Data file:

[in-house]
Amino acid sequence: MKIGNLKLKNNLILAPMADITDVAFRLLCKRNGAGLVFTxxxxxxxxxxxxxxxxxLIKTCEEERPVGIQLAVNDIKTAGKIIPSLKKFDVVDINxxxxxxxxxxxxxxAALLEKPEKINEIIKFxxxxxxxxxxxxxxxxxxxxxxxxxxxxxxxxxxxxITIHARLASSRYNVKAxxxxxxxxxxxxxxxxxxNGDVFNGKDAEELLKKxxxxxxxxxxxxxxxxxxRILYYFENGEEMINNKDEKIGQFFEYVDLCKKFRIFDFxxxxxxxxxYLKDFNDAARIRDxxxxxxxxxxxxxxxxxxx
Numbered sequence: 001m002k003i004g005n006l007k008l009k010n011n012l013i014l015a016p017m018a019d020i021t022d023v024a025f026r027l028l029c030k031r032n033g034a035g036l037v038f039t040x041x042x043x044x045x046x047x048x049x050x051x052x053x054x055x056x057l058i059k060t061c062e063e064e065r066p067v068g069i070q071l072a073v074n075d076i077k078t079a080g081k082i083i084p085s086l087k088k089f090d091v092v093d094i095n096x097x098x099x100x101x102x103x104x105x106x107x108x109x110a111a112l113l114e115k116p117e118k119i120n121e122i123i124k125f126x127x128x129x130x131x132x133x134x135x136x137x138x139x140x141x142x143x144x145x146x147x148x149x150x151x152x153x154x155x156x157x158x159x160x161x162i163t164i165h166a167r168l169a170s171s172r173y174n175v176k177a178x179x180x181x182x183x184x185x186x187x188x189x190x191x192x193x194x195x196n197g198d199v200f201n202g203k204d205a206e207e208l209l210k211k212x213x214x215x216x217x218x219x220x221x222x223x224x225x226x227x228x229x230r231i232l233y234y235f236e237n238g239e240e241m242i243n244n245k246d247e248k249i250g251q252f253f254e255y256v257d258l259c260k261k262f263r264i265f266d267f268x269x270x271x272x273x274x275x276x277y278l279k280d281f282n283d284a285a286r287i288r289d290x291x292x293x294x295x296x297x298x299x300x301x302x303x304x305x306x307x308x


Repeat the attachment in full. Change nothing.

[in-house]
Amino acid sequence: MKIGNLKLKNNLILAPMADITDVAFRLLCKRNGAGLVFTxxxxxxxxxxxxxxxxxLIKTCEEERPVGIQLAVNDIKTAGKIIPSLKKFDVVDINxxxxxxxxxxxxxxAALLEKPEKINEIIKFxxxxxxxxxxxxxxxxxxxxxxxxxxxxxxxxxxxxITIHARLASSRYNVKAxxxxxxxxxxxxxxxxxxNGDVFNGKDAEELLKKxxxxxxxxxxxxxxxxxxRILYYFENGEEMINNKDEKIGQFFEYVDLCKKFRIFDFxxxxxxxxxYLKDFNDAARIRDxxxxxxxxxxxxxxxxxxx
Numbered sequence: 001m002k003i004g005n006l007k008l009k010n011n012l013i014l015a016p017m018a019d020i021t022d023v024a025f026r027l028l029c030k031r032n033g034a035g036l037v038f039t040x041x042x043x044x045x046x047x048x049x050x051x052x053x054x055x056x057l058i059k060t061c062e063e064e065r066p067v068g069i070q071l072a073v074n075d076i077k078t079a080g081k082i083i084p085s086l087k088k089f090d091v092v093d094i095n096x097x098x099x100x101x102x103x104x105x106x107x108x109x110a111a112l113l114e115k116p117e118k119i120n121e122i123i124k125f126x127x128x129x130x131x132x133x134x135x136x137x138x139x140x141x142x143x144x145x146x147x148x149x150x151x152x153x154x155x156x157x158x159x160x161x162i163t164i165h166a167r168l169a170s171s172r173y174n175v176k177a178x179x180x181x182x183x184x185x186x187x188x189x190x191x192x193x194x195x196n197g198d199v200f201n202g203k204d205a206e207e208l209l210k211k212x213x214x215x216x217x218x219x220x221x222x223x224x225x226x227x228x229x230r231i232l233y234y235f236e237n238g239e240e241m242i243n244n245k246d247e248k249i250g251q252f253f254e255y256v257d258l259c260k261k262f263r264i265f266d267f268x269x270x271x272x273x274x275x276x277y278l279k280d281f282n283d284a285a286r287i288r289d290x291x292x293x294x295x296x297x298x299x300x301x302x303x304x305x306x307x308x